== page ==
This is a question often asked by mothers and other early intervention specialists. The answer to this question is not a straight forward “yes”, “maybe” or “no – don’t worry!”
I prefer to answer this question by equiping readers with more insight into the developmental milestones of young ones and the importance of it for later use in their life:
Let’s look at what exactly the child learns when they are discovering the use of all fours on...well, all fours. They will be going through some heavy excersizes: rotating those hips, weightbearing and weightshifting on their arms and knees...not even to mention that they have to get those tummy muscles working if they really want to get a good grip on moving around all fours. These series of movements are of great importance for midline crossing (also improves the communication routes between the two brain hemispheres), planning, sequencing and the strengthening of neurological pathways in the brain.
Once they can do this series of movements (in the correct order) they will need to use their sensory system together with their muscular systems to coordinate smooth movements of the limbs. These coordinated movements are the building blocks for bilateral integration, i.e. learning to keep one side stable and moving the other side of the body. This skill is later used to climb a ladder, do monkey bars, write neatly, cut on a curved line and doing skipping games with friends. As your young one gets more skilled – you will notice how they go faster, further and the enjoyment of these movements all over their faces. It helps them to discover the world around them, interact with the environment in space and develop important skills such as eye-hand-coordination, balance, controling their postures and focussing on an object while moving.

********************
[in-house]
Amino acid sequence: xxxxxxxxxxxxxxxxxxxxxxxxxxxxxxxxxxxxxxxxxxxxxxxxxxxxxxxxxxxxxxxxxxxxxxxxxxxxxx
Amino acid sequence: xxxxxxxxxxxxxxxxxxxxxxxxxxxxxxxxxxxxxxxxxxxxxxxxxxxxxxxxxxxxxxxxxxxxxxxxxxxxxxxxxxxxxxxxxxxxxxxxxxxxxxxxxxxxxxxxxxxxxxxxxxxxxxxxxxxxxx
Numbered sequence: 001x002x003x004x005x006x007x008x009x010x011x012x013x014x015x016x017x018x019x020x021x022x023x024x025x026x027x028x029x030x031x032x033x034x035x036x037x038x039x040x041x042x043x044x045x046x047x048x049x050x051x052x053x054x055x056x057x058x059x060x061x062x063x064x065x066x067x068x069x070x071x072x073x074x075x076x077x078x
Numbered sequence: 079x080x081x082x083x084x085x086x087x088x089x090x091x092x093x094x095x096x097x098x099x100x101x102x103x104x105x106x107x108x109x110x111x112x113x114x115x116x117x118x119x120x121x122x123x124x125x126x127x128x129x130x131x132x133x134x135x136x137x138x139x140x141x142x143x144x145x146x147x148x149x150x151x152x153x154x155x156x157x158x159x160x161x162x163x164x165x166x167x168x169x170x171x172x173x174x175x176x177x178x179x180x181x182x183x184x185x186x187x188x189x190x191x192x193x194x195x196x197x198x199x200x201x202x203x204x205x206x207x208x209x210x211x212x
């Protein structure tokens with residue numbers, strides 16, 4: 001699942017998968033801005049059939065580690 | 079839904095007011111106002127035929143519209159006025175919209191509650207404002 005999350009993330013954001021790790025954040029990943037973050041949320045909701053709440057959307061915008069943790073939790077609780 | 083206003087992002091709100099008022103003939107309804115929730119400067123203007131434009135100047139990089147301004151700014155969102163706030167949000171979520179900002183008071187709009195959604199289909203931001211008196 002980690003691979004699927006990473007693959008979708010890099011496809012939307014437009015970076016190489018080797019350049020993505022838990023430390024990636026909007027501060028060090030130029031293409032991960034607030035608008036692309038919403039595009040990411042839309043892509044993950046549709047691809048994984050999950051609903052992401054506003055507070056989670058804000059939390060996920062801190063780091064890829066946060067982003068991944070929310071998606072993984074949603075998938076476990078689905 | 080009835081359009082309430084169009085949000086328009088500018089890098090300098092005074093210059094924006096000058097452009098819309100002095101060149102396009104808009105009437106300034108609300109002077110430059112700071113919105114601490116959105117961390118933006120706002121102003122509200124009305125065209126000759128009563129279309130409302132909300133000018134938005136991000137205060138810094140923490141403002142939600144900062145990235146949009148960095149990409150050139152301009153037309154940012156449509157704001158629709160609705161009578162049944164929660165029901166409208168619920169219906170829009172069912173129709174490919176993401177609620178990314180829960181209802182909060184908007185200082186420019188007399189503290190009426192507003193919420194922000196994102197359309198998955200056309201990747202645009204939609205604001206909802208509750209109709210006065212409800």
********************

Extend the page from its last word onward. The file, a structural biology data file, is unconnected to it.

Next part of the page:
To top it all – this is the very early stage of preparing the child for good writing skills. It strengthens their shoulder girdle, wrists and the outer arch of their hands. These early movements are in fact a few of the first strengthening excersizes your little one would be doing for later ball- and writing skills.
If you think about all the good things happening in their minds and bodies while crawling...they should be crawling for as long as they love it. If, for some reason your child is not crawling or shows the potential of skipping this stage – I suggest contacting a Physiotherapist or Occupational Therapist and lastly – if they have skipped crawling: It would certainly be valuable to ensure that they get these exercizes in an age appropriate way before it is too late and they learn other less sufficient, more tiring tricks. Which they do – as they are clever ones!